Misuse of Indian Army uniforms has dangerous consequences: Army’s distinctiveness must remain paramount
Uncontrolled proliferation of the existing combat uniform has led to many cases of breach of security of military establishments and personnel and, while it has been a cause of concern, not enough action has been initiated
On July 11, 2022, the Military Police and the Delhi Police jointly carried out an awareness campaign for shopkeepers in Delhi Cantonment to impress upon them to prevent the unauthorized sale of military uniform, which in the past has been used by terrorists to deceive the public while launching their attacks.
A new design of the army’s combat uniform was showcased on Army Day, January 15. Introduced as a new uniform providing soldiers better camouflage, more comfort and uniformity in design, the army is slated to switch to this uniform over the next three years, depending on available stocks and the life of their current uniform.
The uniform is unique in its creation as it has an exclusive digital camouflage pattern, contemporary and functional design, and a lighter yet stronger and more breathable fabric.
In April, the army applied for the patent from the Controller General of Patents, Designs and Trademarks. The patent and intellectual property rights (IPR) are expected soon. Instructions have been issued to army personnel, prohibiting them from buying the new uniform from unauthorized vendors. Once the patent process is completed, any unauthorized shopkeeper selling the new uniform will face legal action. This is necessary as Pakistani/Pakistan Army-supported terrorists have been acquiring and using the Indian Army’s combat uniforms with devastating effect.
Uncontrolled proliferation of the existing combat uniform has led to many cases of breach of security of military establishments and personnel and, while it has been a cause of concern, not enough action has been initiated. After coming to light that certain cloth and tailoring shops in the vicinity of army cantonments and military stations have started stocking unauthorized variants of the new uniform, the army is reported to have planned to take stern action against such dealers.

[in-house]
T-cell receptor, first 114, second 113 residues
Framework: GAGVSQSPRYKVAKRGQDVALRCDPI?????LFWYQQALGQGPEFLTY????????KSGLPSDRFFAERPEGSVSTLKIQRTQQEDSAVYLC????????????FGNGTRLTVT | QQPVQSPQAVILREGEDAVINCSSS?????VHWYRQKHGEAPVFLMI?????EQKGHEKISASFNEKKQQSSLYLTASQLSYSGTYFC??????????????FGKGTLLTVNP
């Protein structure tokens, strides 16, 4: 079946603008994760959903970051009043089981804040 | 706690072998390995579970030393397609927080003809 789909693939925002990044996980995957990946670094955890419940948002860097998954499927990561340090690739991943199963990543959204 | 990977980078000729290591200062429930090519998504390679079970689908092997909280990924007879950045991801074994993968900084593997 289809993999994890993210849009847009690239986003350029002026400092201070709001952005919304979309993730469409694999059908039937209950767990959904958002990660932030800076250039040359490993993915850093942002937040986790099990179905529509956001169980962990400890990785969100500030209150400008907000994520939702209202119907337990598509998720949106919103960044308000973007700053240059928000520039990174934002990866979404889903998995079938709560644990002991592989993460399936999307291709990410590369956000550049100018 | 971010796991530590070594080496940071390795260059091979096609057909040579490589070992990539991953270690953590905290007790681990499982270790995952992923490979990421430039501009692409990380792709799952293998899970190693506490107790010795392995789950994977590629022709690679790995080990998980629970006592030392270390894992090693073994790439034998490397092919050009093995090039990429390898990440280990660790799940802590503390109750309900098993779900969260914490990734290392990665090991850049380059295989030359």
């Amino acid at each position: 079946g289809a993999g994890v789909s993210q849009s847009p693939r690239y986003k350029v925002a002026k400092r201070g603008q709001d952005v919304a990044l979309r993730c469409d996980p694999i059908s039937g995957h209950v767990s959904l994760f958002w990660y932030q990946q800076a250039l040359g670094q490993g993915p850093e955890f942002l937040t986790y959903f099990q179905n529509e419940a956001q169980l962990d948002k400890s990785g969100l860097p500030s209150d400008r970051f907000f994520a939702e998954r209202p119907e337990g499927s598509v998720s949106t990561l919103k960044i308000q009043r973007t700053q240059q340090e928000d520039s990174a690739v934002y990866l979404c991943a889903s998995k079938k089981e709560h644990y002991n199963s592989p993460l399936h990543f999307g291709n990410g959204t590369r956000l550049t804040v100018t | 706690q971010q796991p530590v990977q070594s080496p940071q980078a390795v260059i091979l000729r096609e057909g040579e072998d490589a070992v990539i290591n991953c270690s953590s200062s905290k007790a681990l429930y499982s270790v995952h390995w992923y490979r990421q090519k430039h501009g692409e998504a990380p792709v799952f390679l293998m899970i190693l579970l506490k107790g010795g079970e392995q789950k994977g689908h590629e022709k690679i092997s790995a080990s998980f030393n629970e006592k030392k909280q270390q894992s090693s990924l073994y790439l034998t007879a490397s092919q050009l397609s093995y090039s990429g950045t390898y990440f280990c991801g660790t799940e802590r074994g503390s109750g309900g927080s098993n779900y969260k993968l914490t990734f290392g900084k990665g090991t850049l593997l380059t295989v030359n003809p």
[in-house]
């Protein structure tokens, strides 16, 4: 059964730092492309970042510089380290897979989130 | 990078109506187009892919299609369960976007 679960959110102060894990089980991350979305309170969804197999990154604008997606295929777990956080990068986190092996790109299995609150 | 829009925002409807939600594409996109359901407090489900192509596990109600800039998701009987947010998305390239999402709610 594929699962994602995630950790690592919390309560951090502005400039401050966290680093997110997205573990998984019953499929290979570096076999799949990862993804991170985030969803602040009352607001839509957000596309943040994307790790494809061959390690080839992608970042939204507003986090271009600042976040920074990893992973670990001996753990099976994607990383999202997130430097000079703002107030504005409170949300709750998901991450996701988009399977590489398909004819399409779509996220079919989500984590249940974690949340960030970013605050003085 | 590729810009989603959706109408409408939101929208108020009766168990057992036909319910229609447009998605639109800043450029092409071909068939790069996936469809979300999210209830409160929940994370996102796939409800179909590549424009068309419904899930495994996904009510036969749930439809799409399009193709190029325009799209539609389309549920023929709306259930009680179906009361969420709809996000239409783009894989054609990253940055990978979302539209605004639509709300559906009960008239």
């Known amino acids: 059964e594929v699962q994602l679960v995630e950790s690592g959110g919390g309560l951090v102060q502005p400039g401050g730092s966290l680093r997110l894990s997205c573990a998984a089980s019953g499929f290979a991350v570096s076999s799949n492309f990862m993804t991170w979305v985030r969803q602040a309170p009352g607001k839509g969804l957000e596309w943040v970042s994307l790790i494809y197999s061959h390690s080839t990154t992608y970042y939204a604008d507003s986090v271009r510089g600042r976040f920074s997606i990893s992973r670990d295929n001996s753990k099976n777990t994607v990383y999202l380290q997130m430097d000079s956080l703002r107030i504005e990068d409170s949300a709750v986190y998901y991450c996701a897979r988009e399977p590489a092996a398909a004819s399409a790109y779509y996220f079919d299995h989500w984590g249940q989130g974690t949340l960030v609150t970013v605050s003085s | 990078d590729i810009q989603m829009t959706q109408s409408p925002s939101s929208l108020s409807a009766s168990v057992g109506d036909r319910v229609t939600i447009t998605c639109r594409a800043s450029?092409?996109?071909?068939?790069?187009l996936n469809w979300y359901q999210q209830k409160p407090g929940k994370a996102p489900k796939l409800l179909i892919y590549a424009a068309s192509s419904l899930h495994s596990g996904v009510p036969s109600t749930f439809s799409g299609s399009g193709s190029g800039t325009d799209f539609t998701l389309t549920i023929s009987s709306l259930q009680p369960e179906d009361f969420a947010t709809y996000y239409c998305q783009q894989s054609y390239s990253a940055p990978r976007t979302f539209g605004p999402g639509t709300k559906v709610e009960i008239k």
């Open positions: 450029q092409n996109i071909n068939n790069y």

Former Indian Army Vice Chief Lt Gen A.S. Lamba commented: “Preventing the misuse of the combat uniform is a long overdue precaution and the first step to ensure basic security of areas where troops are located.”
By August 2022, army personnel will be able to procure the cloth through the Canteen Stores Department (CSD) and get the uniform stitched to supplement the combat uniforms issued as part of personal kit under life cycle clothing. A deliberate rollout plan by the army aims to switch to the new design by mid-2025, keeping in view the available stock and life of the current uniform.
While the efforts to prevent imitation and misuse of military uniforms are necessary and must be sustained, there is a background about it. The imitation of army uniform began soon after independence with the government authorizing the army’s rank badges for the Indian Police Service, state police and central armed police forces. This in turn led to misrepresentation/mis-equation in army and police rank structure, with police achieving most of the ranks with lesser service than that of army, navy and air force officers.
After 1947, the Indian Army, which during British rule wore khaki uniform, adopted the olive-green to distinguish the Indian troops from the newly formed Pakistani troops who retained khaki.
In India, while khaki was adopted for uniforms of all central and almost all state police forces, the problem of imitation began with police officers being allowed to wear the same ranks badges and insignias as the army. Police ranks and rank badges before independence were distinctly different from those of the army.